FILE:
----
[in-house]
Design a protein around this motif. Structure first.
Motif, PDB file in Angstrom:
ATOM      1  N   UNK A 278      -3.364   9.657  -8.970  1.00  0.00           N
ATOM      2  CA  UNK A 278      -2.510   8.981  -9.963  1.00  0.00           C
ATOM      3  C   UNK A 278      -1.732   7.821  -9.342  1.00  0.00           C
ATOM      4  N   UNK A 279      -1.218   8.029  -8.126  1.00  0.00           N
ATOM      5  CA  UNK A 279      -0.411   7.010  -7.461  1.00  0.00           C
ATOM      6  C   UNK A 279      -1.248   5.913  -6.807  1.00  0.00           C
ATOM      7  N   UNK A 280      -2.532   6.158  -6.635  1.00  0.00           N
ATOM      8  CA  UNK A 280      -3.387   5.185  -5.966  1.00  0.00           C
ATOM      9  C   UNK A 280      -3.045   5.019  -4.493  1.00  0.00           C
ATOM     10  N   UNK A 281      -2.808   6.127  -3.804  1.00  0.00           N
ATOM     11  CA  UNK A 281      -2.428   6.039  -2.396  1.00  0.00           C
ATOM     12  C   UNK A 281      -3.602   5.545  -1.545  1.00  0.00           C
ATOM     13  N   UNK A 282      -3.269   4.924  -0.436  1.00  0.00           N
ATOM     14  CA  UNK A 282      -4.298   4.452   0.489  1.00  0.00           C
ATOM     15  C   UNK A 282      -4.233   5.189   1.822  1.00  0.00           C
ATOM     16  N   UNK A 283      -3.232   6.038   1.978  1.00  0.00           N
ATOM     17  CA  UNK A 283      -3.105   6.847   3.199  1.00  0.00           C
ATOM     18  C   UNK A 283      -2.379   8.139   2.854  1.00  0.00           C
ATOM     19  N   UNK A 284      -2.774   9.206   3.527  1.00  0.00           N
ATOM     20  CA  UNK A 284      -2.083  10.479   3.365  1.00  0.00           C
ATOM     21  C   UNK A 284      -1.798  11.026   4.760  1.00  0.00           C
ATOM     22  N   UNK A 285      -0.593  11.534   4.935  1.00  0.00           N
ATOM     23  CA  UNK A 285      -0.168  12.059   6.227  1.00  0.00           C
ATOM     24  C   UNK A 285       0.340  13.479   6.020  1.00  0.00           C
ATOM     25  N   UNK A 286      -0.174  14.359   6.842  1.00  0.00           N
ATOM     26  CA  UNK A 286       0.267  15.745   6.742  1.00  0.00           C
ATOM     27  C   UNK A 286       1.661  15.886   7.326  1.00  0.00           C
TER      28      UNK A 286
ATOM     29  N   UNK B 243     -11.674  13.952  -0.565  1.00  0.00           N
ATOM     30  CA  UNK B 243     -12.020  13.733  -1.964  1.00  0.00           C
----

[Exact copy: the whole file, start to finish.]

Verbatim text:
[in-house]
Design a protein around this motif. Structure first.
Motif, PDB file in Angstrom:
ATOM      1  N   UNK A 278      -3.364   9.657  -8.970  1.00  0.00           N
ATOM      2  CA  UNK A 278      -2.510   8.981  -9.963  1.00  0.00           C
ATOM      3  C   UNK A 278      -1.732   7.821  -9.342  1.00  0.00           C
ATOM      4  N   UNK A 279      -1.218   8.029  -8.126  1.00  0.00           N
ATOM      5  CA  UNK A 279      -0.411   7.010  -7.461  1.00  0.00           C
ATOM      6  C   UNK A 279      -1.248   5.913  -6.807  1.00  0.00           C
ATOM      7  N   UNK A 280      -2.532   6.158  -6.635  1.00  0.00           N
ATOM      8  CA  UNK A 280      -3.387   5.185  -5.966  1.00  0.00           C
ATOM      9  C   UNK A 280      -3.045   5.019  -4.493  1.00  0.00           C
ATOM     10  N   UNK A 281      -2.808   6.127  -3.804  1.00  0.00           N
ATOM     11  CA  UNK A 281      -2.428   6.039  -2.396  1.00  0.00           C
ATOM     12  C   UNK A 281      -3.602   5.545  -1.545  1.00  0.00           C
ATOM     13  N   UNK A 282      -3.269   4.924  -0.436  1.00  0.00           N
ATOM     14  CA  UNK A 282      -4.298   4.452   0.489  1.00  0.00           C
ATOM     15  C   UNK A 282      -4.233   5.189   1.822  1.00  0.00           C
ATOM     16  N   UNK A 283      -3.232   6.038   1.978  1.00  0.00           N
ATOM     17  CA  UNK A 283      -3.105   6.847   3.199  1.00  0.00           C
ATOM     18  C   UNK A 283      -2.379   8.139   2.854  1.00  0.00           C
ATOM     19  N   UNK A 284      -2.774   9.206   3.527  1.00  0.00           N
ATOM     20  CA  UNK A 284      -2.083  10.479   3.365  1.00  0.00           C
ATOM     21  C   UNK A 284      -1.798  11.026   4.760  1.00  0.00           C
ATOM     22  N   UNK A 285      -0.593  11.534   4.935  1.00  0.00           N
ATOM     23  CA  UNK A 285      -0.168  12.059   6.227  1.00  0.00           C
ATOM     24  C   UNK A 285       0.340  13.479   6.020  1.00  0.00           C
ATOM     25  N   UNK A 286      -0.174  14.359   6.842  1.00  0.00           N
ATOM     26  CA  UNK A 286       0.267  15.745   6.742  1.00  0.00           C
ATOM     27  C   UNK A 286       1.661  15.886   7.326  1.00  0.00           C
TER      28      UNK A 286
ATOM     29  N   UNK B 243     -11.674  13.952  -0.565  1.00  0.00           N
ATOM     30  CA  UNK B 243     -12.020  13.733  -1.964  1.00  0.00           C